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Rancho Santa Fe resident helps patients as part of school project

Pacific Ridge School students Kate McInerney and Lily Klinek created craft kits for teenagers at the Rady’s Children’s Hospital as part of a school project. Courtesy photo
Pacific Ridge School students Kate McInerney and Lily Klinek created craft kits for teenagers at the Rady’s Children’s Hospital as part of a school project. Courtesy photo

Rancho Santa Fe resident Lily Klinek and her classmate Kate McInerney, from Carlsbad, are giving teenage patients at Rady’s Children’s Hospital a creative outlet during their hospital stay. The Pacific Ridge School juniors are creating more than 300 craft kits that will be delivered to the hospital throughout the year.

The first batch of kits, which include all of the crafting materials and instructions needed to make a small dream catcher, were delivered in April.

The idea came out of a school social action project called “Planting a Seed.” Each year, Pacific Ridge sophomores are asked to identify a community need and design a business, product or service group to address it.

“I think the atmosphere of the Planting a Seed project was extremely supportive and encouraging,” said Klinek. “It allowed us to start refining our idea and incorporate the feedback we received from our peers, our teachers, and a panel of experienced company leaders who were invited to the school to listen and give advice to each of the group student leaders.”

Klinek and McInerney drew from personal experience when creating craft care kits.

“We both knew what it was like to have a family member in the hospital and how scary it is for them,” said McInerney. “We also knew that the child’s parents might not have the time, money or energy to provide entertainment for their kids. We decided to work together to come up with a project to make trips to the hospital less scary for the children being treated.”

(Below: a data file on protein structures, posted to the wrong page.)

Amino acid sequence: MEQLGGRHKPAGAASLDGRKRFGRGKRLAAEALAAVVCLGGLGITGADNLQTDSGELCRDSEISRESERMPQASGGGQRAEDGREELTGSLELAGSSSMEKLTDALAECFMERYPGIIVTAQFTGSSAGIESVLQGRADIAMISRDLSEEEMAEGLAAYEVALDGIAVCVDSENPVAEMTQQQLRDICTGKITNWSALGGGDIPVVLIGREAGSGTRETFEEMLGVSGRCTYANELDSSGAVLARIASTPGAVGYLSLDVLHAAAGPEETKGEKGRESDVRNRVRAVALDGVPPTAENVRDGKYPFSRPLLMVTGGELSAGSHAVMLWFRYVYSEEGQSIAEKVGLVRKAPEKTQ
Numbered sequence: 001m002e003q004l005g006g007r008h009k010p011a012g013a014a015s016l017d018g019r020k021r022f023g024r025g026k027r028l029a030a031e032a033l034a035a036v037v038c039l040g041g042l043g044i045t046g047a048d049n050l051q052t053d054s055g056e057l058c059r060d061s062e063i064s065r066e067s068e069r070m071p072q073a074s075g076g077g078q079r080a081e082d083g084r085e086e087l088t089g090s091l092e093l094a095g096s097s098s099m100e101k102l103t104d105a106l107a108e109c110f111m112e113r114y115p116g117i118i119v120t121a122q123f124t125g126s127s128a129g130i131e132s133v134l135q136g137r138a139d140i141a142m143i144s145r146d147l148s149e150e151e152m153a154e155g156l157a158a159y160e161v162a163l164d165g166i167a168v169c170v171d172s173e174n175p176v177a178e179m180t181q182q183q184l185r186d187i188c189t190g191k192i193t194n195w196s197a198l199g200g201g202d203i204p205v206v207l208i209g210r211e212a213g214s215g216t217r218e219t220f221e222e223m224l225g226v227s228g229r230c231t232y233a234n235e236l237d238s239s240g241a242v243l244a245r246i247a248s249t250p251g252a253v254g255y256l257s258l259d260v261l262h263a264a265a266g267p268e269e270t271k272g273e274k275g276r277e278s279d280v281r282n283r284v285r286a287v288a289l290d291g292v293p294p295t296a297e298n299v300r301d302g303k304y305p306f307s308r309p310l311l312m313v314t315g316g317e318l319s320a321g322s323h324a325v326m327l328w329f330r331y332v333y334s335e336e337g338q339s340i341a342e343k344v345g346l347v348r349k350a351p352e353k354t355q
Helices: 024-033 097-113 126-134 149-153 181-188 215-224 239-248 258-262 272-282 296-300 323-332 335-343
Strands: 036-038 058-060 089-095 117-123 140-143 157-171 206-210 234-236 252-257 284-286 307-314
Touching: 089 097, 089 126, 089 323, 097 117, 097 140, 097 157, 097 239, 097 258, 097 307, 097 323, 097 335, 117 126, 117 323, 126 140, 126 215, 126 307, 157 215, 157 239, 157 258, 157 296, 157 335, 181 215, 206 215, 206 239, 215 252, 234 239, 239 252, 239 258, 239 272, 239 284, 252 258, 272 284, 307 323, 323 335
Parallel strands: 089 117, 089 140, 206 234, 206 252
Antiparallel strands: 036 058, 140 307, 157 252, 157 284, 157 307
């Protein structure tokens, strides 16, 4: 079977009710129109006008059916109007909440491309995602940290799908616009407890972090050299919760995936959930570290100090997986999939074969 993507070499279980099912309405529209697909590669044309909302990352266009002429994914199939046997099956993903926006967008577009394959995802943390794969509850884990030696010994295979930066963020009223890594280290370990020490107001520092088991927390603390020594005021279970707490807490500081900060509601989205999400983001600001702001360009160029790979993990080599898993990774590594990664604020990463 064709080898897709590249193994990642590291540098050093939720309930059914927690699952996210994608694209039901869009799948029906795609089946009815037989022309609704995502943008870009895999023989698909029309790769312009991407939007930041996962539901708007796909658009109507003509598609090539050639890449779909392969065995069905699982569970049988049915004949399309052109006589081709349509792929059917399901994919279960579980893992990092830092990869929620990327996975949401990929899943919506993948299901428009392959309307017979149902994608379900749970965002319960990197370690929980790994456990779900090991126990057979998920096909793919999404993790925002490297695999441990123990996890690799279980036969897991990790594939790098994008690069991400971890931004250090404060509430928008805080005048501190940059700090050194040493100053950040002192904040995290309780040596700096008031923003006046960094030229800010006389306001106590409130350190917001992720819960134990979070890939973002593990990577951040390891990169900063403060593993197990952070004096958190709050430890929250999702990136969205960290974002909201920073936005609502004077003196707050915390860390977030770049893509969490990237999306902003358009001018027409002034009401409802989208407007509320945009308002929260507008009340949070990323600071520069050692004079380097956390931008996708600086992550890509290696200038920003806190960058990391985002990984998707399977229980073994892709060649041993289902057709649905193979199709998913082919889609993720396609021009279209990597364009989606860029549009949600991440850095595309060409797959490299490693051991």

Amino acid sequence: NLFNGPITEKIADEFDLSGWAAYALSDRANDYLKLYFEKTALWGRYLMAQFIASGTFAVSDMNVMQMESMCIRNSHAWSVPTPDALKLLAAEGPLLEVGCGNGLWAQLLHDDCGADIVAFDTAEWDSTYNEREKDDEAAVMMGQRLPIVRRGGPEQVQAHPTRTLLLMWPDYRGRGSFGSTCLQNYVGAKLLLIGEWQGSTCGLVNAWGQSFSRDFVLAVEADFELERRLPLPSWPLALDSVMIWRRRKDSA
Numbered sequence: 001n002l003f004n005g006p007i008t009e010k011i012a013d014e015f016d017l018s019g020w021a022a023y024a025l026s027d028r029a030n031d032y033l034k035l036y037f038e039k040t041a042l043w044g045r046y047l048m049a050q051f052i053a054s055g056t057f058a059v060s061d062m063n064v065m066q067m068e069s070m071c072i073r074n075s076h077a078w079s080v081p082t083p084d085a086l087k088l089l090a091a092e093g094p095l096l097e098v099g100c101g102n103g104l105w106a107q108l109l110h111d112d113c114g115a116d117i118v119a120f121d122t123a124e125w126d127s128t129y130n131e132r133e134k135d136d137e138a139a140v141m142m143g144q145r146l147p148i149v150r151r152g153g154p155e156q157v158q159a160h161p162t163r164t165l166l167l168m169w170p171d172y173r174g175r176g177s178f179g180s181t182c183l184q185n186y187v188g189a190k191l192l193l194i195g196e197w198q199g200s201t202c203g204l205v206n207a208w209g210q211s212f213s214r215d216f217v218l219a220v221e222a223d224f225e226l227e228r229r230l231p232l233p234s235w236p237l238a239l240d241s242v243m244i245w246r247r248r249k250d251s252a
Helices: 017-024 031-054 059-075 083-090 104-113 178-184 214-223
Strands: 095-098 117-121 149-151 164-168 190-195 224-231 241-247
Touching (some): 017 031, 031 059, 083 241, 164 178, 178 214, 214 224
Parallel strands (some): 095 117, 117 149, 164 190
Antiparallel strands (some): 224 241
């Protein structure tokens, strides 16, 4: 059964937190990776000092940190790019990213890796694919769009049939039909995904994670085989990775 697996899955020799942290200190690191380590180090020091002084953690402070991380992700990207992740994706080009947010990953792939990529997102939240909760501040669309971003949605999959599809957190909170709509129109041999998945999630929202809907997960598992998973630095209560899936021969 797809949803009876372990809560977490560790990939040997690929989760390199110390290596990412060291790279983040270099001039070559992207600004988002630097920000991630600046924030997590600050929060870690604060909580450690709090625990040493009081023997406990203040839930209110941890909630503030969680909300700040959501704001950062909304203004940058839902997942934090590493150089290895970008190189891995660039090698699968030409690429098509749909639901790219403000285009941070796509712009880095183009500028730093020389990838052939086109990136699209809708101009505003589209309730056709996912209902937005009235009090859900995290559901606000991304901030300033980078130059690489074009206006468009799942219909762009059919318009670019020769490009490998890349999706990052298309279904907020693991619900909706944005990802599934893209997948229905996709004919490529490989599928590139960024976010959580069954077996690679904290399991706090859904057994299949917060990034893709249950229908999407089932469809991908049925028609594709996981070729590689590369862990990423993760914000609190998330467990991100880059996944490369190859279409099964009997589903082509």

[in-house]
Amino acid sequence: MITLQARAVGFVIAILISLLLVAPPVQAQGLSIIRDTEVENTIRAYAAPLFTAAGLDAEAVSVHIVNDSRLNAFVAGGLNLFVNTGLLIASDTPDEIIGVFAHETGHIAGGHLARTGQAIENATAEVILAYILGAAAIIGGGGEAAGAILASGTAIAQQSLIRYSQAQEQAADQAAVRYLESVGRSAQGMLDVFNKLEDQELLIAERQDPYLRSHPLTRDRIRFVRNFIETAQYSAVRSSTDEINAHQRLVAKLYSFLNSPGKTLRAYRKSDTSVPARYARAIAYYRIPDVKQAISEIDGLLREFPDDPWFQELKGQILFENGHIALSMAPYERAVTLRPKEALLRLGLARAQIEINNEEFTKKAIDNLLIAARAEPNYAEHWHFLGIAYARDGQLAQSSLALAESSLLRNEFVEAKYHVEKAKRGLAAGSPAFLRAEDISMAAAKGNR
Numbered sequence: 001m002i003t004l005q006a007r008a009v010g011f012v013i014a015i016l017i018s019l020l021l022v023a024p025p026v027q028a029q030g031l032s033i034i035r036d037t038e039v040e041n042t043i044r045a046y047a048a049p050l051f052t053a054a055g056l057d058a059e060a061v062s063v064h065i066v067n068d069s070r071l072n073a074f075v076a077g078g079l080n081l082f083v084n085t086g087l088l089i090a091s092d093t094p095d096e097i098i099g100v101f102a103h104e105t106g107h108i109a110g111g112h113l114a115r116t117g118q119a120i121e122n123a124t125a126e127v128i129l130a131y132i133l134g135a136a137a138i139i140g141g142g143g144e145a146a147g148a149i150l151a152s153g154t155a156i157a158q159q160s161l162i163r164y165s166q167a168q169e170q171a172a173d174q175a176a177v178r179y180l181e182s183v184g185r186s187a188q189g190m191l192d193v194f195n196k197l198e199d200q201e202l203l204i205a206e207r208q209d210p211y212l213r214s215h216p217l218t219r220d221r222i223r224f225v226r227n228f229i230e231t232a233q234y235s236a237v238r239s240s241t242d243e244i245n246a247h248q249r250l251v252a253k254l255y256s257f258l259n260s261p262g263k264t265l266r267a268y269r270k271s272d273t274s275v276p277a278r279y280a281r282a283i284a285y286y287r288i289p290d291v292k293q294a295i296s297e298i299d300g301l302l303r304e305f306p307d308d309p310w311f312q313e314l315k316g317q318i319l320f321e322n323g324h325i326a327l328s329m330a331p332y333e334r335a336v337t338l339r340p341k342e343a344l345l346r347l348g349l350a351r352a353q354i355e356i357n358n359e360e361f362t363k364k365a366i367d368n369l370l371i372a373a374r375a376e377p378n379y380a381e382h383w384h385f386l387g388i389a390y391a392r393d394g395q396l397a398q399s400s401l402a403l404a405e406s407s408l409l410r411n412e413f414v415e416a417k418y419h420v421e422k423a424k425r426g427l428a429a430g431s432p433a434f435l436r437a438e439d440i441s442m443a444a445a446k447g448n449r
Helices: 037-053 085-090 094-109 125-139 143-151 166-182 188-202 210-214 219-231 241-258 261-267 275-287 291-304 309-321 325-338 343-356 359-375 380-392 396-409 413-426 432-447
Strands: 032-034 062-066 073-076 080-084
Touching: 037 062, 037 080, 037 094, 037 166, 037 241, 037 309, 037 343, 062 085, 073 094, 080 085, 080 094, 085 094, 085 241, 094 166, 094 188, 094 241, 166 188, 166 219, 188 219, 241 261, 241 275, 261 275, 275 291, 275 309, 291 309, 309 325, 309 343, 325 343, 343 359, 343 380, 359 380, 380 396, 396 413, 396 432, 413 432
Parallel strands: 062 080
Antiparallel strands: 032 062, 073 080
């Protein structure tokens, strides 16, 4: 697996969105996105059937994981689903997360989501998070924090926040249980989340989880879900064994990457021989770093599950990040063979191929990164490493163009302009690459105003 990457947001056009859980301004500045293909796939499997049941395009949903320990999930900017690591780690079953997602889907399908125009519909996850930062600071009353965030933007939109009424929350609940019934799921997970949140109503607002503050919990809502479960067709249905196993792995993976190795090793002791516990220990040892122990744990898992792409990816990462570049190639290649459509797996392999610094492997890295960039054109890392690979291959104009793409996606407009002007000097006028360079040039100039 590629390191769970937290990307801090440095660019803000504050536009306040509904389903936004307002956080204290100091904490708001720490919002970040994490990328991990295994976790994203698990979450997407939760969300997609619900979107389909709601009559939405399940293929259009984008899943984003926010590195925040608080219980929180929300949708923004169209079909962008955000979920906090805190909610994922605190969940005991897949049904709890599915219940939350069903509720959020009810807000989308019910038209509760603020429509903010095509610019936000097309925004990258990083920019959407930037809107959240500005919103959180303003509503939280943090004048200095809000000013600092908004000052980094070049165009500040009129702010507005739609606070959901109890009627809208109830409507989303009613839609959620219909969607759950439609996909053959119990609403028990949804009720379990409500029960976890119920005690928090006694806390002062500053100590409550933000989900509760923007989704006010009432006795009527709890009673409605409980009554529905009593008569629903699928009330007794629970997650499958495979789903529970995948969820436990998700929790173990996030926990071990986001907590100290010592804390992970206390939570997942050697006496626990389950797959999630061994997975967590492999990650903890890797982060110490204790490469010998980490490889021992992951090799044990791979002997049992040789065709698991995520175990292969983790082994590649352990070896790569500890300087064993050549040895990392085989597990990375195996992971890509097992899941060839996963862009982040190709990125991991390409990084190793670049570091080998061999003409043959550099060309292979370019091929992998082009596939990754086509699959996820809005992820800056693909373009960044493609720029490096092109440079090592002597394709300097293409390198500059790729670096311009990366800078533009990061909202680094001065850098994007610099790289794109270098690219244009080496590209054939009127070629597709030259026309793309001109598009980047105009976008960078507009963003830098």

After giving a brief presentation to their peers at school, the two friends formed a larger group with classmates who were also passionate about the idea. Together, they created a business plan. McInerney said their goals were to set up an agenda, minimize costs, establish a funding plan, and create a prototype for a craft kit to help keep patients occupied and to help them decorate and personalize their hospital rooms.

The group gave a comprehensive presentation to the school body and earned a a grant from Pacific Ridge School’s service learning program to fund the project this year. Next year, the duo hopes to expand the project.

Future plans include establishing a feedback program so parents are given the opportunity to provide suggestions on what types of crafts they would like included in the boxes for their children. The girls also hope to devise a fundraising program to make it possible for others to sponsor the cost of the kits.

“Our favorite aspect of this project is being able to positively impact the experiences of the teens at Rady Children’s Hospital,” said Klinek. “We hope that our craft kits will continue to help the teens during their hospital stay.”


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